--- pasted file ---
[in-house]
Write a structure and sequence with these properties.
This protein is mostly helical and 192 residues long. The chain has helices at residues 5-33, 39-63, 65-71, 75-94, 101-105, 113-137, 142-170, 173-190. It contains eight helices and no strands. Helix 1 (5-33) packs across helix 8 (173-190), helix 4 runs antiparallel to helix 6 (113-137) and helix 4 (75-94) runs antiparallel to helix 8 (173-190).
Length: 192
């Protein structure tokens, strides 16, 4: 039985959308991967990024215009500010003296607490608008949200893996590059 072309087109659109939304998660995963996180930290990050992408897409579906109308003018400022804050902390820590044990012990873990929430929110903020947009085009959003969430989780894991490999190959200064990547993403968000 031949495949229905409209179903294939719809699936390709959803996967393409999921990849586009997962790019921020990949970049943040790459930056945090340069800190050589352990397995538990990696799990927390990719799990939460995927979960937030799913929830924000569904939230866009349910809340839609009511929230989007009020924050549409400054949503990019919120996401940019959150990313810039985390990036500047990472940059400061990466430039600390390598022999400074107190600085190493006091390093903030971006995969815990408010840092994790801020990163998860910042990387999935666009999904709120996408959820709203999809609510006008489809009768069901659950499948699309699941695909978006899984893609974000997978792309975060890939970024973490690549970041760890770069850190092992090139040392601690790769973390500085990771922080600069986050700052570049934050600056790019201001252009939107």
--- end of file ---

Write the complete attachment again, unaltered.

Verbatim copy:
[in-house]
Write a structure and sequence with these properties.
This protein is mostly helical and 192 residues long. The chain has helices at residues 5-33, 39-63, 65-71, 75-94, 101-105, 113-137, 142-170, 173-190. It contains eight helices and no strands. Helix 1 (5-33) packs across helix 8 (173-190), helix 4 runs antiparallel to helix 6 (113-137) and helix 4 (75-94) runs antiparallel to helix 8 (173-190).
Length: 192
């Protein structure tokens, strides 16, 4: 039985959308991967990024215009500010003296607490608008949200893996590059 072309087109659109939304998660995963996180930290990050992408897409579906109308003018400022804050902390820590044990012990873990929430929110903020947009085009959003969430989780894991490999190959200064990547993403968000 031949495949229905409209179903294939719809699936390709959803996967393409999921990849586009997962790019921020990949970049943040790459930056945090340069800190050589352990397995538990990696799990927390990719799990939460995927979960937030799913929830924000569904939230866009349910809340839609009511929230989007009020924050549409400054949503990019919120996401940019959150990313810039985390990036500047990472940059400061990466430039600390390598022999400074107190600085190493006091390093903030971006995969815990408010840092994790801020990163998860910042990387999935666009999904709120996408959820709203999809609510006008489809009768069901659950499948699309699941695909978006899984893609974000997978792309975060890939970024973490690549970041760890770069850190092992090139040392601690790769973390500085990771922080600069986050700052570049934050600056790019201001252009939107």